Researchers from Victoria’s Monash University claim they have achieved a breakthrough that will bring inexpensive generation of green hydrogen from renewables much closer to reality and make it possible for Australia to further establish its role as a global powerhouse in the generation and export of renewables.
They have developed an electrochemical water splitting method using oxygen evolution catalysts, which are based on non-noble metals and are formed in situ during electrooxidation of acidic water, and exhibit a high stability in operation due to a self-healing mechanism. The researchers believe this method is most likely to be the future of the green hydrogen production.
As noted in their paper published this week in Nature Catalysis, electrolytic water splitting in acidic conditions offers important advantages over that in alkaline systems, but the technological progress is limited by the lack of inexpensive and efficient anode catalysts that can stably operate at a low pH and elevated temperature.
As explained by the lead author of a paper, Alexandr Simonov from the Monash School of Chemistry, the key role in the process is played by robust electromaterials – catalysts, which can accelerate two half-reactions of the water splitting process – the hydrogen evolution and the oxygen evolution reactions.
“Our research team has introduced an intrinsically stable, ‘self-healing’ catalytic system based on earth abundant elements to promote the water electrolysis process in a strongly acidic environment and elevated temperatures,” he says. “The catalyst demonstrates the state-of-the-art activity, and most importantly, exhibits unparalleled stability under a wide range of aggressive, technologically relevant conditions of water splitting.”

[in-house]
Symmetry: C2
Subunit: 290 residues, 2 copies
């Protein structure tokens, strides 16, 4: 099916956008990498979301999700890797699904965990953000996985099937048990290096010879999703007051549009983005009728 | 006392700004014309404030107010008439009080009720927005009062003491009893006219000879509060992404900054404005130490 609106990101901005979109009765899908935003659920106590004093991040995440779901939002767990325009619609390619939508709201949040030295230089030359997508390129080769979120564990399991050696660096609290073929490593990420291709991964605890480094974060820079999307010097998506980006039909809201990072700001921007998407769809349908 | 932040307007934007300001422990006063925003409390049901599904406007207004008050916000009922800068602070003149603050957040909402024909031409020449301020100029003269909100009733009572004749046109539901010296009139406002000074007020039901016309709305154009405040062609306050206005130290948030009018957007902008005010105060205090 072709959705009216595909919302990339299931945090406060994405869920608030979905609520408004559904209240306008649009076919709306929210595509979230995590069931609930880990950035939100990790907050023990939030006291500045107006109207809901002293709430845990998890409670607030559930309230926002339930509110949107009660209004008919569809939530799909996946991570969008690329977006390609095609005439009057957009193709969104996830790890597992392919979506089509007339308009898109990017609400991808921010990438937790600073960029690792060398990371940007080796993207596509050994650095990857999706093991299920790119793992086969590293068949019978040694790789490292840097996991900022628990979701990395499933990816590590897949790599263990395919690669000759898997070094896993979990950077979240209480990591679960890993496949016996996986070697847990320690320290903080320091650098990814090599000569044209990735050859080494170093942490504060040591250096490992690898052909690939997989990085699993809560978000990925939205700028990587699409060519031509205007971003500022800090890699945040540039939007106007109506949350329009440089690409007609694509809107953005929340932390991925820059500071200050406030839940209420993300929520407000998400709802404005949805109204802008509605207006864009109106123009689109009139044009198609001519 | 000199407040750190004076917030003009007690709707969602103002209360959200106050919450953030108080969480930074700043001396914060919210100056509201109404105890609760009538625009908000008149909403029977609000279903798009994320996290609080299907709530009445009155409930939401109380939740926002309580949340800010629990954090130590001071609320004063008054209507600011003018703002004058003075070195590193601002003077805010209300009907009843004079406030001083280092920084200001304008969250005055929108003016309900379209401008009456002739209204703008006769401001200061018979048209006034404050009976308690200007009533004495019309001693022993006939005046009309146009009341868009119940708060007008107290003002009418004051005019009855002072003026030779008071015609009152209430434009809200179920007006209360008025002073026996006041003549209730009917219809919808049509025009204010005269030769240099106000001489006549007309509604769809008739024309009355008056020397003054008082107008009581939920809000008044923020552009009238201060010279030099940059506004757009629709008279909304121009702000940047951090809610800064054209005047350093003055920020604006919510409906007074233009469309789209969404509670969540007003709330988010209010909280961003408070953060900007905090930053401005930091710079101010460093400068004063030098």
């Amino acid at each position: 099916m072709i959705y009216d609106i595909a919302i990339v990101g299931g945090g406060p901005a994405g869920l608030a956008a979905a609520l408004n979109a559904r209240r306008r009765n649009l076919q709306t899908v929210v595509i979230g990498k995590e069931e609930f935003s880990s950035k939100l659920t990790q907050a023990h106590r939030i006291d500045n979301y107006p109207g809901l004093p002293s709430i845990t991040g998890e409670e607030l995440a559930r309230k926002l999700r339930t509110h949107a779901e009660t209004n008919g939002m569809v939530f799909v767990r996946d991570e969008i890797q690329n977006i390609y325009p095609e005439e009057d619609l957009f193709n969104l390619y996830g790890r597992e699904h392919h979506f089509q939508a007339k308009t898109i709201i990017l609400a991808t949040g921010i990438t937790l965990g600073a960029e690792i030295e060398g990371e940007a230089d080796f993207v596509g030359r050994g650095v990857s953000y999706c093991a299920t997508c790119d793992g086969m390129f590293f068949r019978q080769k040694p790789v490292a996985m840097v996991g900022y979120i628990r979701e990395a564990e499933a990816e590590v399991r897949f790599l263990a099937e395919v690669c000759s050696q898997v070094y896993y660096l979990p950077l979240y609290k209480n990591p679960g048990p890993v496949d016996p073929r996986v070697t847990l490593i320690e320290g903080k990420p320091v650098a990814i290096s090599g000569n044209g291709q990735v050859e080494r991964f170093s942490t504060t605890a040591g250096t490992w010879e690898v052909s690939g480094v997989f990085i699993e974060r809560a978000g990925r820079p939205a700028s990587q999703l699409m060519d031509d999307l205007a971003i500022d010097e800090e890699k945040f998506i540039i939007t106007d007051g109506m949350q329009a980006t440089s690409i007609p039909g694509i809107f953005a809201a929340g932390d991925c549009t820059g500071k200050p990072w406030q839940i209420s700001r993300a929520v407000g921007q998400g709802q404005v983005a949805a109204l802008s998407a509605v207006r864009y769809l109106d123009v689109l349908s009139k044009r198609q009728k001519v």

The researchers believe that the stability in the operation and the low cost of the developed catalytic system makes it a potentially suitable option for use in the industrial production of green hydrogen fuel by water electrolysis. “The highly disordered mixed metal oxides generated from dissolved cobalt, lead and iron precursors sustain high water oxidation rates at reasonable overpotentials,” the paper states.
Study co-author and ARC Laureate Fellow at the Monash School of Chemistry, Doug MacFarlane said the investigation of water oxidation electrocatalysts is a core theme within the Australian Centre for Electromaterials Science, where he leads the energy program. “It is critically important to the rapidly developing national renewable energy sector,” he said.
Indeed, hydrogen has recently garnered a lot of attention in Australia. The nation’s potential to become the world’s largest producer and exporter of hydrogen powered by solar and wind has been widely reported by national science agency CSIRO, Australian Renewable Energy Agency, Chief Scientist Alan Finkel and even the International Energy Agency, against the backdrop of a rising international demand for hydrogen led by Asian countries. Japan is leading the drive to deploy green hydrogen in its industry and has been described as Australia’s prime export market.
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